In a later interview, Alexander said she held “nothing against anybody in particular” but the proclamation had nothing to do with city business.
Some at that meeting spoke in support of Alexander’s views, while members of the LGBTQ community and allies — some with signs — expressing the opposing view.
The vote is the latest discussion of race, equity and inclusion in Temecula’s city council chambers.
In 2021, Alexander supported a name change for the diversity commission, saying the word “race” encouraged racism and division in the city. But after hours of debate and input from residents, the council voted to keep the name.
Alexander’s 2021 comments about civil rights icon Rosa Parks drew national attention when she compared her defiance of coronavirus mask rules to Parks’ struggle. Also that year, some of Alexander’s council colleagues scolded her for an email in which she called COVID-19 the “China Virus.”
In September, Alexander proposed making the municipality a “sanctuary city for Temecula’s unborn,” but the council voted not to pursue that effort.
Residents spoke Tuesday for and against the council’s decision on proclamations.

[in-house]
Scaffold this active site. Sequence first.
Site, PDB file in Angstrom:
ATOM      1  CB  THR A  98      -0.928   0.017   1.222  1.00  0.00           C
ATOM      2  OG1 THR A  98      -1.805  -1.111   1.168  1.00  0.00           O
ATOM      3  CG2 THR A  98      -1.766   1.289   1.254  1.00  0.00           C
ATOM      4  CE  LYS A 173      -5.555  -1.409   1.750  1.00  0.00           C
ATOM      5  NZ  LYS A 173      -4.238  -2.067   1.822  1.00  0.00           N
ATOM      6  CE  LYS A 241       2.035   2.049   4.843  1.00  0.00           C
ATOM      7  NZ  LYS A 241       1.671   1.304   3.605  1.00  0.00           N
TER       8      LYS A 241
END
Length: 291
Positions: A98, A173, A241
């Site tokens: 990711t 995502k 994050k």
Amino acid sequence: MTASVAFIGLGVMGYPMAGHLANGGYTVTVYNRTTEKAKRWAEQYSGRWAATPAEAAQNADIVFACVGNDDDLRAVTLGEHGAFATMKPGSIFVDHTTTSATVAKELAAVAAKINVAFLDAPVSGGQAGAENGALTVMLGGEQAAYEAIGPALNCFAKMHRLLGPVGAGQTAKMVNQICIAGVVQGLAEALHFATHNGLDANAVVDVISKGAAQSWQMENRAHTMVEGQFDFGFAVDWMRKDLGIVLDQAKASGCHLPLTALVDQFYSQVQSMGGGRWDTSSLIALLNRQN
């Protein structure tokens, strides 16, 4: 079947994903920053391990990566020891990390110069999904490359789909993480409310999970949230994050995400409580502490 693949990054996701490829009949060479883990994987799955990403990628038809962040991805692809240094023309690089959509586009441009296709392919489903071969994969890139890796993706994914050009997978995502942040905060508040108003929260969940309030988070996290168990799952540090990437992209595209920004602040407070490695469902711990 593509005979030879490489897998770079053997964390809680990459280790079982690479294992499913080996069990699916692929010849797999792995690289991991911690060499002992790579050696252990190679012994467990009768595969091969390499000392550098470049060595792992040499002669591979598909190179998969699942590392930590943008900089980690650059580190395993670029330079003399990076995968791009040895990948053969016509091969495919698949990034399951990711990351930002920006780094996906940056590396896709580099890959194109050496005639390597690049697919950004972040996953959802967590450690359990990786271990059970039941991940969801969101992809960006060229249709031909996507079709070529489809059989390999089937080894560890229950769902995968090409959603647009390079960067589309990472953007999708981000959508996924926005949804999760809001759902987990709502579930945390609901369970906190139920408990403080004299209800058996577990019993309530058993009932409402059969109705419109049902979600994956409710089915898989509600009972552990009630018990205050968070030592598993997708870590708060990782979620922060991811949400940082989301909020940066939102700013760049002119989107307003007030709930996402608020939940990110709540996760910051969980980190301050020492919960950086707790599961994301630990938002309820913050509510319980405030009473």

Jessica Christopher questioned the city’s purpose in declaring June as Pride Month.
“Declaring Gay Pride Month is a waste of time, energy and money, and it’s causing division — and entertainment, clearly,” Christopher said. “When does this end? Temecula has always been family-friendly. Let’s keep it that way. Pride Month already exists. Let those who want to celebrate it do so. If you’re going to have an LGBTQ+ Month, then I, too, want a heterosexual month.”
Mick Sobczak, wearing a “Proud Boys” shirt as he spoke, agreed.
“The residents of Temecula aren’t woke, we’re awake,” he said. “Be inclusive — go ahead and keep your June Pride Month, but give us our July Straight Pride Month.”